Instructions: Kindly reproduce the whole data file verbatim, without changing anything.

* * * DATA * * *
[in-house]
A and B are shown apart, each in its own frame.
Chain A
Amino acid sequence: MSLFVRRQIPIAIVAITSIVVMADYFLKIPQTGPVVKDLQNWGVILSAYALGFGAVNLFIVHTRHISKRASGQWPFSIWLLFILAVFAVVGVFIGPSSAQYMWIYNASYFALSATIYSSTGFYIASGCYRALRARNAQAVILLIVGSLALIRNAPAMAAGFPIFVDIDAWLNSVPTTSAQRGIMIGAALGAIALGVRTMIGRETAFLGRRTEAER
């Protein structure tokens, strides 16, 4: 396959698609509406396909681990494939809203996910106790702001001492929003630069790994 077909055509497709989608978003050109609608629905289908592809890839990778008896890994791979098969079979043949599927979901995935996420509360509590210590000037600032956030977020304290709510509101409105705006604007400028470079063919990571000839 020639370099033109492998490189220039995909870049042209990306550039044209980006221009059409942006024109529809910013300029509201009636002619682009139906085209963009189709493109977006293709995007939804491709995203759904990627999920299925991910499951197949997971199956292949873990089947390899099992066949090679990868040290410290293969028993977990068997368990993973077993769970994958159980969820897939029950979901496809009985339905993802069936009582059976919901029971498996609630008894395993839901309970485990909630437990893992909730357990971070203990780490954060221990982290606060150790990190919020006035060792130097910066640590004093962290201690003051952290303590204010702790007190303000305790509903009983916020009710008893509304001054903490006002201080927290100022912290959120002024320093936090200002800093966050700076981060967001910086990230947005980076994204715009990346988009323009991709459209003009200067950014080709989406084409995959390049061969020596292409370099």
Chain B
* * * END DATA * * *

[in-house]
A and B are shown apart, each in its own frame.
Chain A
Amino acid sequence: MSLFVRRQIPIAIVAITSIVVMADYFLKIPQTGPVVKDLQNWGVILSAYALGFGAVNLFIVHTRHISKRASGQWPFSIWLLFILAVFAVVGVFIGPSSAQYMWIYNASYFALSATIYSSTGFYIASGCYRALRARNAQAVILLIVGSLALIRNAPAMAAGFPIFVDIDAWLNSVPTTSAQRGIMIGAALGAIALGVRTMIGRETAFLGRRTEAER
């Protein structure tokens, strides 16, 4: 396959698609509406396909681990494939809203996910106790702001001492929003630069790994 077909055509497709989608978003050109609608629905289908592809890839990778008896890994791979098969079979043949599927979901995935996420509360509590210590000037600032956030977020304290709510509101409105705006604007400028470079063919990571000839 020639370099033109492998490189220039995909870049042209990306550039044209980006221009059409942006024109529809910013300029509201009636002619682009139906085209963009189709493109977006293709995007939804491709995203759904990627999920299925991910499951197949997971199956292949873990089947390899099992066949090679990868040290410290293969028993977990068997368990993973077993769970994958159980969820897939029950979901496809009985339905993802069936009582059976919901029971498996609630008894395993839901309970485990909630437990893992909730357990971070203990780490954060221990982290606060150790990190919020006035060792130097910066640590004093962290201690003051952290303590204010702790007190303000305790509903009983916020009710008893509304001054903490006002201080927290100022912290959120002024320093936090200002800093966050700076981060967001910086990230947005980076994204715009990346988009323009991709459209003009200067950014080709989406084409995959390049061969020596292409370099």
Chain B